Private Collection (sold: Sotheby's, New York, May 14, 1997, lot 396)
Acquired at the above sale
Franco Russoli & David Mitchinson, Henry Moore Sculpture, London, 1981, no. 572, illustration of another cast p. 275
Alan Bowness, ed., Henry Moore: Complete Sculpture, 1974-80, vol. 5, London, 1983, no. 677, illustration of another cast pls. 60 & 61
The Henry Moore Foundation, Henry Moore: The Human Dimension, London, 1991, illustration of another cast
Moore's reclining figures are among his most celebrated and spatially sophisticated works. Beginning in the 1920s and until the end of his life he would continually rework the motif, repositioning, dividing and in some cases abstracting the body so that only its elemental nature remained intact. The present work dates from his late career, when he had mastered the most technically complex expressions of this form. Moore himself described the progression of his sculpture as "becoming less representational, less outwardly a visual copy, and so what some people would call more abstract; but only because in this way I can present the human psychological context of my work with the greatest clearness and intensity" (quoted in F. S. Wight, "Henry Moore: The Reclining Figure," The Columbus Museum Exhibition Catalogue, 1984, p. 131).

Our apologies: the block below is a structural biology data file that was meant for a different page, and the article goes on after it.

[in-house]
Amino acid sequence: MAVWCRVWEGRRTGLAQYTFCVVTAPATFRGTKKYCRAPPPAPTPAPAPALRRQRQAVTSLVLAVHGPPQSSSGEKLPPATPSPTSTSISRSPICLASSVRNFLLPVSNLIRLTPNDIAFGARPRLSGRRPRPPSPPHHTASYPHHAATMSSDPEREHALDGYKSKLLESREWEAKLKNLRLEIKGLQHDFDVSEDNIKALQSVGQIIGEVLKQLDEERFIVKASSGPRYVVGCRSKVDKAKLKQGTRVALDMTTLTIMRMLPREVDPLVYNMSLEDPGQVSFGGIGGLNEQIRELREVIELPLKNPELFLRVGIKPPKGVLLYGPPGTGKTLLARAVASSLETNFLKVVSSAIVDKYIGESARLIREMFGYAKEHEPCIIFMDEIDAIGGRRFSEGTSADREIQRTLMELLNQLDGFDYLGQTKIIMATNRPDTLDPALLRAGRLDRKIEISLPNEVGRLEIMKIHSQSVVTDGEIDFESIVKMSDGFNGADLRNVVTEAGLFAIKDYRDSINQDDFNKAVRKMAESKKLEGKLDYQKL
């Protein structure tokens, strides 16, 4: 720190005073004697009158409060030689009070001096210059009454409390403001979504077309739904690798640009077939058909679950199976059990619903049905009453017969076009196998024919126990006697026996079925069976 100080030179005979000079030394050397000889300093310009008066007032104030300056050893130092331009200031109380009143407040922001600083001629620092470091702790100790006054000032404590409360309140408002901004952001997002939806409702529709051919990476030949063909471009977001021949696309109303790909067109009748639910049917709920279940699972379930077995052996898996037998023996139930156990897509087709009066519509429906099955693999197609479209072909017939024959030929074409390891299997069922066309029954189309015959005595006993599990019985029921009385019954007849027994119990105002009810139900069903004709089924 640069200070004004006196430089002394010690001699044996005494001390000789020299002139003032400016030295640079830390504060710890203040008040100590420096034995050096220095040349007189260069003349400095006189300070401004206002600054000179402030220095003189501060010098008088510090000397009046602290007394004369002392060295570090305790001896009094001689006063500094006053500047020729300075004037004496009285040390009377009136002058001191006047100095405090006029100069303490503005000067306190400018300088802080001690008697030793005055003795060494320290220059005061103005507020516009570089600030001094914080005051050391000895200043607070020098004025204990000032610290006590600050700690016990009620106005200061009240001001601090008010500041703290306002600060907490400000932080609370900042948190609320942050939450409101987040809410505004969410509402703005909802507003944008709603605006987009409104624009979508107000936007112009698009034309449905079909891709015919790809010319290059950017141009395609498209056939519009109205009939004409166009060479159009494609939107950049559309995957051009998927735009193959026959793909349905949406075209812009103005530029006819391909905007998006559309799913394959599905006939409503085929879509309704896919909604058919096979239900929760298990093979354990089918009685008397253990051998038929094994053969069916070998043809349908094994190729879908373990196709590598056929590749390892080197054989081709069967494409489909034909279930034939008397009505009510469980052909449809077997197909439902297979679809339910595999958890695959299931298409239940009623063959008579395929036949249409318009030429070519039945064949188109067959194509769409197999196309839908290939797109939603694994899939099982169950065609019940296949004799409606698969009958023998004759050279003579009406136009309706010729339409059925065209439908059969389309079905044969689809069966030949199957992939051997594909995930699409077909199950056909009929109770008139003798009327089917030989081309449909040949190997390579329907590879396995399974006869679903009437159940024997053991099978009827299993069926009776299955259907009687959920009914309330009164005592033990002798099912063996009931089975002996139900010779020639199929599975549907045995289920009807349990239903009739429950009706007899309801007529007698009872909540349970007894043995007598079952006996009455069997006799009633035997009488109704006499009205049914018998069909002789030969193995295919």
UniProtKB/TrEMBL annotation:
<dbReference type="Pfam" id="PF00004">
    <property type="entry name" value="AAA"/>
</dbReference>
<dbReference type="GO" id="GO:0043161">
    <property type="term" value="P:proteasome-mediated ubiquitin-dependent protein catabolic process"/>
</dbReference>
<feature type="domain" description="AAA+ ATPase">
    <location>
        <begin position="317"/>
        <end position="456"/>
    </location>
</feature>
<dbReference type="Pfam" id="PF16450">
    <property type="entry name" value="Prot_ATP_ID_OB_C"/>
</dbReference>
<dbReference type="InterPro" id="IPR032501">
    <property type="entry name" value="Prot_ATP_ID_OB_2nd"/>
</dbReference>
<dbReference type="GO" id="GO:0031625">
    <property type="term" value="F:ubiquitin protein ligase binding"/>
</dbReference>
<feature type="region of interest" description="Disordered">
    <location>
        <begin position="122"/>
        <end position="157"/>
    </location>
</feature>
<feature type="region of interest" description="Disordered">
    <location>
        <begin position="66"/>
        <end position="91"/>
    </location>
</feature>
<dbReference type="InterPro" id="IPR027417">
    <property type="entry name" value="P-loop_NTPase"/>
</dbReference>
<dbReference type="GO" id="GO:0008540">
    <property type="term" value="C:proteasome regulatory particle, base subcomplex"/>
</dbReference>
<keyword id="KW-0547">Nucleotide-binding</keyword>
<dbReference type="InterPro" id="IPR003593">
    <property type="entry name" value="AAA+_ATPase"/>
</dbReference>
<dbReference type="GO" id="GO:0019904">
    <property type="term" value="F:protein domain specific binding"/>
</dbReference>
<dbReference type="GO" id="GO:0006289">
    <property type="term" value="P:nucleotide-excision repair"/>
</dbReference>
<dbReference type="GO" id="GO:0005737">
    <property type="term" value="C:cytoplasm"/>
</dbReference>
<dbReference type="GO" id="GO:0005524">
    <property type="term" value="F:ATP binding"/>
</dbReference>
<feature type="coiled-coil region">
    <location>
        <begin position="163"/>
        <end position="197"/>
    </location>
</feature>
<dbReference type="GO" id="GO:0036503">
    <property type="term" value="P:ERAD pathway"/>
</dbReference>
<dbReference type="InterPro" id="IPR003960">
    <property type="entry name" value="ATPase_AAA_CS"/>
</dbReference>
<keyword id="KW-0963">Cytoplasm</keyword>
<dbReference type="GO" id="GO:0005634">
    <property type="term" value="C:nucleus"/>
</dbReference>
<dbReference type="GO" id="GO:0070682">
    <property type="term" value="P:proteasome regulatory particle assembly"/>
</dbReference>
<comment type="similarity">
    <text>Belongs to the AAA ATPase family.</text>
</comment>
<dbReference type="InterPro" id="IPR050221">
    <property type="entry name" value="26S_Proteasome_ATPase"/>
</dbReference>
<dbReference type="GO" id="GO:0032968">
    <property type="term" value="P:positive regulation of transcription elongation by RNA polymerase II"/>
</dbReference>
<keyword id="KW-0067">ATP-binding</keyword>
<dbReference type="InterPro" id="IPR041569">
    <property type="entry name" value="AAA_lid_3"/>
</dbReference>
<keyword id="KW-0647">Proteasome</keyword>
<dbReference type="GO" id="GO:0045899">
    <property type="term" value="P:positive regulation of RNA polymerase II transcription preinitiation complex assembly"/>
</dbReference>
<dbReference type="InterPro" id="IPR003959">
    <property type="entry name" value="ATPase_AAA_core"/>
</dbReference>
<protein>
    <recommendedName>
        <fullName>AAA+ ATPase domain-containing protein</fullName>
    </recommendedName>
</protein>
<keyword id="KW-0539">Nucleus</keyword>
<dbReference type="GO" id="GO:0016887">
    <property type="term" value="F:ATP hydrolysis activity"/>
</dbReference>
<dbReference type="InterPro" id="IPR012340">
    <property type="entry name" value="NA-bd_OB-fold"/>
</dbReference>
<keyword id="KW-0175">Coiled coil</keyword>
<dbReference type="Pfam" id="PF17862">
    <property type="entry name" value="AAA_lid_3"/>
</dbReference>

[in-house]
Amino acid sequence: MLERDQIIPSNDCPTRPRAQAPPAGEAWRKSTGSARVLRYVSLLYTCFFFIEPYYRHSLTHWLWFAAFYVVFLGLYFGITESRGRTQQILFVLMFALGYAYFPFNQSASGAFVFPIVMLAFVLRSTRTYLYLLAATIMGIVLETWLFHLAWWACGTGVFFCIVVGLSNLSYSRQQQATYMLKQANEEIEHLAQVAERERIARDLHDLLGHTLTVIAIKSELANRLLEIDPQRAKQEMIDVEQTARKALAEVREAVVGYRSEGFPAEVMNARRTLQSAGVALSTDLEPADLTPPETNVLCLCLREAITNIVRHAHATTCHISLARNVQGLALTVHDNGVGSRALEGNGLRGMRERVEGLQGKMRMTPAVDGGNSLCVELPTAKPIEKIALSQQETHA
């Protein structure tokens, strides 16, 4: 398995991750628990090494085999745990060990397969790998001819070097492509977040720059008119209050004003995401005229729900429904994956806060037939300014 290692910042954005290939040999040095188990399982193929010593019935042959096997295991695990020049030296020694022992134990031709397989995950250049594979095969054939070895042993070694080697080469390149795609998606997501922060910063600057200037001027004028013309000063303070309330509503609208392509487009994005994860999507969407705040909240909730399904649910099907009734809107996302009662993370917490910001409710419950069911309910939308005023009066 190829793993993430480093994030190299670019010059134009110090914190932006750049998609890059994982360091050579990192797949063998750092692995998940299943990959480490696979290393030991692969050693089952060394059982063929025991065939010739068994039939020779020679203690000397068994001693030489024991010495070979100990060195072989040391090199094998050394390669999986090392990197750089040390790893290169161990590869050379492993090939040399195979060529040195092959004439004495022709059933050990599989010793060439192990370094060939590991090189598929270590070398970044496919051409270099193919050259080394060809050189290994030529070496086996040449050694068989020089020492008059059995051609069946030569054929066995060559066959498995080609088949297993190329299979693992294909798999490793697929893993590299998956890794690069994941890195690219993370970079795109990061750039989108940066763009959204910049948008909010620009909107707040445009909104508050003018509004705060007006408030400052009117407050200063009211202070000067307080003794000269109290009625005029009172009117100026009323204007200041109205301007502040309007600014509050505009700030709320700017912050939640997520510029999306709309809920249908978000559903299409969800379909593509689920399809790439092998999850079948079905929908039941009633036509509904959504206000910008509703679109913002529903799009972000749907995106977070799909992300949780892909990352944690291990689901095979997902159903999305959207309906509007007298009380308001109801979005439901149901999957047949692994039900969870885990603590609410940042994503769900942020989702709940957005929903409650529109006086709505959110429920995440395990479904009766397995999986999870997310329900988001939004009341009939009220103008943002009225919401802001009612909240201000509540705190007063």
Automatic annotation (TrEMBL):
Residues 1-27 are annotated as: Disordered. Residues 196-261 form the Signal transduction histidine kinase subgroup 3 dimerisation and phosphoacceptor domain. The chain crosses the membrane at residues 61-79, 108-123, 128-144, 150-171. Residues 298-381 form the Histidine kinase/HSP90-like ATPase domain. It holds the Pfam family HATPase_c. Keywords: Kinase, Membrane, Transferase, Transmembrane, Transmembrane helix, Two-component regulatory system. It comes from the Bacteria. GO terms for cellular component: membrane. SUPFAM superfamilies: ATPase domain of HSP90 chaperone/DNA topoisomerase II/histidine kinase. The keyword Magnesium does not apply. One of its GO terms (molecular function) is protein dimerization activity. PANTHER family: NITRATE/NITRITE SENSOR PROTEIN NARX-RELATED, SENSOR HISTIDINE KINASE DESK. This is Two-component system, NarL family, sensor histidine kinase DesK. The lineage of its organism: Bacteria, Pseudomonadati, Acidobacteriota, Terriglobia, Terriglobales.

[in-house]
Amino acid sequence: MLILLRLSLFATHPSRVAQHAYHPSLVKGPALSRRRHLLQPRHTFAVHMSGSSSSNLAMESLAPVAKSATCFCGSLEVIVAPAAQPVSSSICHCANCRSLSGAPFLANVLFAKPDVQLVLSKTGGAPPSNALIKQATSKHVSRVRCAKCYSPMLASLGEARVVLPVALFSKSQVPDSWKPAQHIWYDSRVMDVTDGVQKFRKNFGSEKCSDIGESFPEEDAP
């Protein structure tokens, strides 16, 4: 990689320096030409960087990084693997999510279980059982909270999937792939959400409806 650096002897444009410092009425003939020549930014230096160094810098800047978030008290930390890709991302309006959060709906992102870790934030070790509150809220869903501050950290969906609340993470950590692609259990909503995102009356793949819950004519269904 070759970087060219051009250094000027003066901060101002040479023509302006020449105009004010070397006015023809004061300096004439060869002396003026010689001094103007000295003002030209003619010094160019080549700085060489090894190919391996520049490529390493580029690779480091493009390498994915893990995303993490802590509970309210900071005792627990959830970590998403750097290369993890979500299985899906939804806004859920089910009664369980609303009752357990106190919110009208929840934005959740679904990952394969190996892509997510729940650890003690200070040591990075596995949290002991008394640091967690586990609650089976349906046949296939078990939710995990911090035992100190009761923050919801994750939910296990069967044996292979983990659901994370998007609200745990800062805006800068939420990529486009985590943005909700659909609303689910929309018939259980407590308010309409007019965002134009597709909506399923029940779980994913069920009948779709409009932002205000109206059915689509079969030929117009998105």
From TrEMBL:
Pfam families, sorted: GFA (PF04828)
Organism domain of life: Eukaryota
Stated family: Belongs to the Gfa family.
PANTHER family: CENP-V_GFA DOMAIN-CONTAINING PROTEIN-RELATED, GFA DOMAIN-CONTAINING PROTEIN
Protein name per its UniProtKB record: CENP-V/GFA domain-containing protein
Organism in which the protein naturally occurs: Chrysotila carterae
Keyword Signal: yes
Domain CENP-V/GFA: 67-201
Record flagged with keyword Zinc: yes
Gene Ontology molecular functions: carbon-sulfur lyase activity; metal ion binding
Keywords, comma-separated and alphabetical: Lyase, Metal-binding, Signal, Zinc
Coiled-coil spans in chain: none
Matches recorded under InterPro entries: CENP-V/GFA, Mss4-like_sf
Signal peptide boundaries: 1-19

Working Model for Reclining Figure: Prop, which bears a finely nuanced green patina, is from an edition of 9 bronzes. The figure appears to be directly related to the Mexican pre-Columbian figure known as Chacmool, which was a stylistic catalyst for Moore's initial exploration of this theme in the 1920s. Although the figure here is rendered in one piece, there is a suggestion of division that is emphasized by the mid-line "prop" supporting the figure's left arm.
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